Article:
Whilst leucotis is widespread in Ethiopia, as well as in parts of Eritrea and South Sudan, the range of donaldsoni is limited to a relatively small area of Ethiopia east of the Rift Valley, from the highlands around Harar, across the Chercher Mts. to the Arsi and Bale ranges. According to Ash & Atkins (2009), donaldsoni occurs alongside leucotis in the Bale Mts. Other authors have questioned this and called for clarification as to whether the two occur in sympatry or are parapatric in this region (Turner & Boesman 2020). KG & TT therefore visited the area briefly in May 2019 and KG again on 5–12 May 2021 for a targeted search and survey. Of a total of 38 georeferenced turaco records, 18 involve our own observations and 18 result from interviews with local residents. We used additional data, dating back to 2007, provided by V. Sthamer and L. Reissland. Local people were familiar with both turacos (which they call ‘Sokurru’) and could clearly identify the main difference between them (bluish vs. reddish crests). In Harenna Forest a man named Ahmed Aman asked us even before we interviewed him if we knew that there were two turacos with different crest colours. Abdulkadir Mohammed, a local bird guide who lives in a small coffee-farming village in southern Harenna Forest, was also familiar with both taxa and confirmed their occurrence in the vicinity of his settlement.
Voice playback, with recordings of leucotis taken from www.xeno-canto.org, was used to track down turacos, which are often silent and inconspicuous, except in the breeding season and during territorial disputes. For data collection in the field, we used the Android mapping app MultibaseCS after we had integrated the bird species list for Ethiopia. Furthermore, photographs and sound-recordings were made.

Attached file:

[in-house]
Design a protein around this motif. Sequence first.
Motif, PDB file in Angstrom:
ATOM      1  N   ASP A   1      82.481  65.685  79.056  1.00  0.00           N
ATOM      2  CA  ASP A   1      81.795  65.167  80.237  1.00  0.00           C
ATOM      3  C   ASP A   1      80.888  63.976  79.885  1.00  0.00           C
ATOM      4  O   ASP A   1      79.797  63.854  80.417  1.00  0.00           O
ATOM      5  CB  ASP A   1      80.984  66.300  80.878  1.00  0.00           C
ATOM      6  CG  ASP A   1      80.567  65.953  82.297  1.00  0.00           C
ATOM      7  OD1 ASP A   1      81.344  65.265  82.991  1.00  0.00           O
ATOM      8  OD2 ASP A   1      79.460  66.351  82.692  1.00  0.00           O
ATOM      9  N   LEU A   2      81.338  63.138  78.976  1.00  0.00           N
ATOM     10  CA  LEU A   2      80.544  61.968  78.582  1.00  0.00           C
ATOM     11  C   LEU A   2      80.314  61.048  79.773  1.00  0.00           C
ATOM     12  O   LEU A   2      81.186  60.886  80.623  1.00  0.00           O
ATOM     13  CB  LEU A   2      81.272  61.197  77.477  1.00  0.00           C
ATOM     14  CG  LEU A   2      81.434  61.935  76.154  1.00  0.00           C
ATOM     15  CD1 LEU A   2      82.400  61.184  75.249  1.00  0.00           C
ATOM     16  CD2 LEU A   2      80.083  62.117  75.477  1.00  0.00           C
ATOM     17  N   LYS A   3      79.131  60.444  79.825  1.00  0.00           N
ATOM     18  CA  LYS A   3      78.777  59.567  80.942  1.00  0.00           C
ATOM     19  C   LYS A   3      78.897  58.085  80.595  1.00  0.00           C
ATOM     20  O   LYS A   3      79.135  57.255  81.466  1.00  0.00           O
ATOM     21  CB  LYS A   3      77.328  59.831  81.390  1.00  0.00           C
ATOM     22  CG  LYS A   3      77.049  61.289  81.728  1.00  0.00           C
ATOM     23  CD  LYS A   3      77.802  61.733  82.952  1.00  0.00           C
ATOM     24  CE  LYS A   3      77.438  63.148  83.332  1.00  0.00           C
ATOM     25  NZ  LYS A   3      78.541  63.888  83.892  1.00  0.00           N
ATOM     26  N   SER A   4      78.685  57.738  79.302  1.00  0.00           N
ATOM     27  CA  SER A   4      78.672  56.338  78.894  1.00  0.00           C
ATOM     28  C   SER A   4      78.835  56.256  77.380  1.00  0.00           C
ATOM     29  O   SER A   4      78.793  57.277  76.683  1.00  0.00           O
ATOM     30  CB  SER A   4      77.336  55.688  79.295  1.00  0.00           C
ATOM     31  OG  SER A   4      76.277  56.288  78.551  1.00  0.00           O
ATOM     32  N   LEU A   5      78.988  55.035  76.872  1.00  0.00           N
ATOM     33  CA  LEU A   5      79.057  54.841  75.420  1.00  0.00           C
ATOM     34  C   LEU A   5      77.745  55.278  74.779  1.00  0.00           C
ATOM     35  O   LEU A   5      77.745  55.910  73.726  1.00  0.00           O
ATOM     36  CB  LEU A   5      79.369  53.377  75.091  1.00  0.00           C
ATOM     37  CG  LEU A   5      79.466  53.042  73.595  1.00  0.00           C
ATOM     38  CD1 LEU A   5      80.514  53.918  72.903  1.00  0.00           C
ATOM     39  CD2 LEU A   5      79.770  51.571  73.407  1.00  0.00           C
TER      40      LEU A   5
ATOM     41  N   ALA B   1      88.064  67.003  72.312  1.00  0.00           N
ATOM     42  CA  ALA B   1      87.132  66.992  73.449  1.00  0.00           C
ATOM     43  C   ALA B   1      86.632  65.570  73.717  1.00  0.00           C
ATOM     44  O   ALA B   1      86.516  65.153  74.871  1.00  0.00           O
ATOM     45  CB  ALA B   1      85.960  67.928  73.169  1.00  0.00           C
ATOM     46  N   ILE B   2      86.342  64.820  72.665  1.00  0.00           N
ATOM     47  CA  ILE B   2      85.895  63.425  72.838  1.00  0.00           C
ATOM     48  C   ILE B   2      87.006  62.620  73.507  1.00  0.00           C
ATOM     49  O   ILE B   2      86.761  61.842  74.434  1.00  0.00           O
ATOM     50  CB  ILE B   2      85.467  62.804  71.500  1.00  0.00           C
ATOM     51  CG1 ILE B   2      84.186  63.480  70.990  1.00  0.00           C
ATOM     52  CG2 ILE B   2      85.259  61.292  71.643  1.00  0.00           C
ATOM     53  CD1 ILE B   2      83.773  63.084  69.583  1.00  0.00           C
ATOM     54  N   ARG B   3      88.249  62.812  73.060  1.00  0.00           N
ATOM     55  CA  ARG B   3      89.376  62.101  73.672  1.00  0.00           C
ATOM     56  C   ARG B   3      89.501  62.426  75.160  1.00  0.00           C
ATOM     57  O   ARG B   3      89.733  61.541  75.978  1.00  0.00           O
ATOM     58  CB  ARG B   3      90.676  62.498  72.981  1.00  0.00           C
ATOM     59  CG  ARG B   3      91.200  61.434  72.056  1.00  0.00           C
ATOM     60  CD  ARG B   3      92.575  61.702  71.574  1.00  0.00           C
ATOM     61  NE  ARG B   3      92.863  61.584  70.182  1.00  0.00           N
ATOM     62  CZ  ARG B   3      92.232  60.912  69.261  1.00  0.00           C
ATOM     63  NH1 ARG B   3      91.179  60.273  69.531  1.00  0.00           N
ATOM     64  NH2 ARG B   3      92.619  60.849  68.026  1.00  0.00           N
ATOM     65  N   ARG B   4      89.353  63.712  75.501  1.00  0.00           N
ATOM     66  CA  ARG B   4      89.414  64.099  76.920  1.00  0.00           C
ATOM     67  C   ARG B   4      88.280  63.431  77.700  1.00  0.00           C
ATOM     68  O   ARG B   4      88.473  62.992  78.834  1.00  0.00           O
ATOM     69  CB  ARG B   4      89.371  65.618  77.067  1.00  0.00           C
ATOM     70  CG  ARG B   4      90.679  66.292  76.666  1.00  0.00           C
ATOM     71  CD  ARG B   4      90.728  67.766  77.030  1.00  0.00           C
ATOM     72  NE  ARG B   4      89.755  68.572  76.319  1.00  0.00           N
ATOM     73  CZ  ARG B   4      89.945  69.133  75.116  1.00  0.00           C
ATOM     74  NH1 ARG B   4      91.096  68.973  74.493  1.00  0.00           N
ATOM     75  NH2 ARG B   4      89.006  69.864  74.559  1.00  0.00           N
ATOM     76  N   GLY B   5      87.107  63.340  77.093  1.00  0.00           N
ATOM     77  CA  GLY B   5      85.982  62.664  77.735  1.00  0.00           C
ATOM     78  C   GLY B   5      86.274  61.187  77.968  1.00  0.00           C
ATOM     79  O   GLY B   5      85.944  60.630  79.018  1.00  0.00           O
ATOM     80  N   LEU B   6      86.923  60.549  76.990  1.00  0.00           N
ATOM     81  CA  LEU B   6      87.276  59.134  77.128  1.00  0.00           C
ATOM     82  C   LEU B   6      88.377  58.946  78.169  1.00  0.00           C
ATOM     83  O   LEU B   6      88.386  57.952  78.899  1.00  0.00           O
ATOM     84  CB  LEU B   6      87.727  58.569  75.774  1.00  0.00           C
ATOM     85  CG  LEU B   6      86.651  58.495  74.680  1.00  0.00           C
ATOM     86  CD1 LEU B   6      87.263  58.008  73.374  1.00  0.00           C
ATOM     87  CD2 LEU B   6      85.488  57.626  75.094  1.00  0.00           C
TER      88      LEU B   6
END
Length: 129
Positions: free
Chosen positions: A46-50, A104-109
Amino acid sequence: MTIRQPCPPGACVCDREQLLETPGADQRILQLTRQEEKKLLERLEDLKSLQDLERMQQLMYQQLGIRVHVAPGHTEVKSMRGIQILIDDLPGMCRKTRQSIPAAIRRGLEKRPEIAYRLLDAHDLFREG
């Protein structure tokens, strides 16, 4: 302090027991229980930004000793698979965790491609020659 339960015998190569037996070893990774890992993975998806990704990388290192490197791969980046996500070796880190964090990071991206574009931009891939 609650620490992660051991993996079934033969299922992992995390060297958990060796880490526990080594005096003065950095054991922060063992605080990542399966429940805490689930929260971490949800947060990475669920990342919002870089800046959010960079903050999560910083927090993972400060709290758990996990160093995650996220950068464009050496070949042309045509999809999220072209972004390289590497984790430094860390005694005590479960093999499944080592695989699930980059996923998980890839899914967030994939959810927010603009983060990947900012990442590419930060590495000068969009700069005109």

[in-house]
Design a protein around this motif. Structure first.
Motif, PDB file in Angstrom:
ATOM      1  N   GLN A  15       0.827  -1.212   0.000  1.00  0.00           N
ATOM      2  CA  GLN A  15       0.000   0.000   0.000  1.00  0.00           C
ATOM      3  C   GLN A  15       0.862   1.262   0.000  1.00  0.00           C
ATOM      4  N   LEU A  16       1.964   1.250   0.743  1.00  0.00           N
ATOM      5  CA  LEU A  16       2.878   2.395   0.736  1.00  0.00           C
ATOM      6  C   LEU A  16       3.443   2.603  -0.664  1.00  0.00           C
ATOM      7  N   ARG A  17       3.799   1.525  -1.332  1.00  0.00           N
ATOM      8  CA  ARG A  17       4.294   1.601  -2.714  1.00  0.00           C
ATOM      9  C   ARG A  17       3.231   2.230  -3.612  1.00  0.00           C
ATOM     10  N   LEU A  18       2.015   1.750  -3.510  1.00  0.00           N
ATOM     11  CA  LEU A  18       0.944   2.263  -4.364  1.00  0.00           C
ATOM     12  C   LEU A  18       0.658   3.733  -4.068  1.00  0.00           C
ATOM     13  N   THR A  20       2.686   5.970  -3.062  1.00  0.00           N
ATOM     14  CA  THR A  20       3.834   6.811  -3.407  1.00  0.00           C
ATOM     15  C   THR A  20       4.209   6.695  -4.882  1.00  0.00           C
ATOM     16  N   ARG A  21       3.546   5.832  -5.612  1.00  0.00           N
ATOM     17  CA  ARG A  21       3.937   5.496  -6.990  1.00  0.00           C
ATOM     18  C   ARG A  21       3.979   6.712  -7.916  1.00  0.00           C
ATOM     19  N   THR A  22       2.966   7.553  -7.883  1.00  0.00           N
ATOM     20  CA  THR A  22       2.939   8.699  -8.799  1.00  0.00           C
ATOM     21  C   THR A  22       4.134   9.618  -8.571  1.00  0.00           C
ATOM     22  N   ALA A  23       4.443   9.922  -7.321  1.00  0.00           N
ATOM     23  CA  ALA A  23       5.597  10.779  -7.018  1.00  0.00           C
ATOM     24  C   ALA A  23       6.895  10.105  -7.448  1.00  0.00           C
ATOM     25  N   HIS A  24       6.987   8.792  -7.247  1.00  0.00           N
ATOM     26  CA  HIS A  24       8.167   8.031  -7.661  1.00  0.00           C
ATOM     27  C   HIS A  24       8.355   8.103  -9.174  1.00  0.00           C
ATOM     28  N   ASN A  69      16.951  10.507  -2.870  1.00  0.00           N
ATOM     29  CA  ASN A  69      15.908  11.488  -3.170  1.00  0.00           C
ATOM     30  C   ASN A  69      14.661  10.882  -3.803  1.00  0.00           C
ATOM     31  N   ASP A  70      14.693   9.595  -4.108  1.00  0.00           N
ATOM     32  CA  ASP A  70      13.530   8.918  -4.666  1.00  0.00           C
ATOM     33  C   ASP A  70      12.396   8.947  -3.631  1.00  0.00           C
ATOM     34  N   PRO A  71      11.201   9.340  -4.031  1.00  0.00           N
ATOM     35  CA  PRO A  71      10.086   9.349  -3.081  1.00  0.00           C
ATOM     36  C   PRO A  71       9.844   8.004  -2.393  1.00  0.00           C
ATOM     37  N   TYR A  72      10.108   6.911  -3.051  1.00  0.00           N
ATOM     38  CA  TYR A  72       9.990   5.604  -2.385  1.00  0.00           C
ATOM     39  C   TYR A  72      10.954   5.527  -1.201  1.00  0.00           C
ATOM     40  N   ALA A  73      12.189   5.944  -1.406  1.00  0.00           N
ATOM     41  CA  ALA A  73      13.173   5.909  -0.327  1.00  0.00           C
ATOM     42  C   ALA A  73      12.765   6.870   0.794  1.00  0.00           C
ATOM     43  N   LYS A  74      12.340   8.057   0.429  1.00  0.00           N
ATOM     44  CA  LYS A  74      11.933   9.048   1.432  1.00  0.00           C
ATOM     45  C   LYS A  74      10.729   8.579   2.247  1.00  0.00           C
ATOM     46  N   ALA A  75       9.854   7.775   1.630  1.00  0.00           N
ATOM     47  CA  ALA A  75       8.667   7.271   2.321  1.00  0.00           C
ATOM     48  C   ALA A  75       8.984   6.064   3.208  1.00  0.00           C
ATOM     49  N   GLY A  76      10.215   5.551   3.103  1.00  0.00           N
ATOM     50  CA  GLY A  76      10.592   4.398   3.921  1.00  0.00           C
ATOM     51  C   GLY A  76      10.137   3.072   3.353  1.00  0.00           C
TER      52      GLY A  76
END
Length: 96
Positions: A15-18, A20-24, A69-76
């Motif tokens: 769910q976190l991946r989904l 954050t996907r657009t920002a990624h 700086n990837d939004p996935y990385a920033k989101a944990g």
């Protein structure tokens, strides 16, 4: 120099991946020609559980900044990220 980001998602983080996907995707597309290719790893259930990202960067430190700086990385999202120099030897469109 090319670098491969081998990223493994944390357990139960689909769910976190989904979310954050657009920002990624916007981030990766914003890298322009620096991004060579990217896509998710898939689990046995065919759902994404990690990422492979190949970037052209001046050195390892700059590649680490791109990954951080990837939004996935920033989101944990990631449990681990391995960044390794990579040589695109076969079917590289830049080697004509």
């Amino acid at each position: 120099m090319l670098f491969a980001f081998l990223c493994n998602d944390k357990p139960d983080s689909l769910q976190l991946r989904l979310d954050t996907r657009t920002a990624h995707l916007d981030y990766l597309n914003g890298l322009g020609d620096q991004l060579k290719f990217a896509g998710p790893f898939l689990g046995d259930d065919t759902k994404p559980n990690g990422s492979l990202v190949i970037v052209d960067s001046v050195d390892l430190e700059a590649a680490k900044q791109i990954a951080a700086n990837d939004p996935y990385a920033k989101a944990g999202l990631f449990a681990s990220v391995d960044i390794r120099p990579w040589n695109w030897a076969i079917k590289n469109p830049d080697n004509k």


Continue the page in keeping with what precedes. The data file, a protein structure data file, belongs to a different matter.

In the study area, which encompasses large parts of the hitherto known range of donaldsoni, stretches c.120 km north to south from the upper Shabelle Valley via the Oda and Bale Mts. to Harenna Forest, both leucotis and donaldsoni were found. There is c.50 km between the western- and easternmost points of mixed occurrences, which results in an area of approximately 6,000 km2 of range overlap (Fig. 1). The data on which Fig. 1 is based are compiled in Table 1.
We thus confirm, as reported by Ash & Atkins (2009), sympatry of leucotis and donaldsoni. Within the region of overlap, the relative frequency of the two taxa varies. In the Oda Mts. local residents reported that donaldsoni is much more common. On the north slope of the Bale Massif (Dinsho, Goba), the relationship is reversed and leucotis is dominant (pers. obs.). This also applies to Harenna Forest further south, where leucotis is clearly in the majority and donaldsoni is considered rare (pers. obs.). It is impossible to make any inferences regarding seasonal variation in their occurrence as the data are inadequate. Such variation was sometimes affirmed by respondents but without any indication of timings.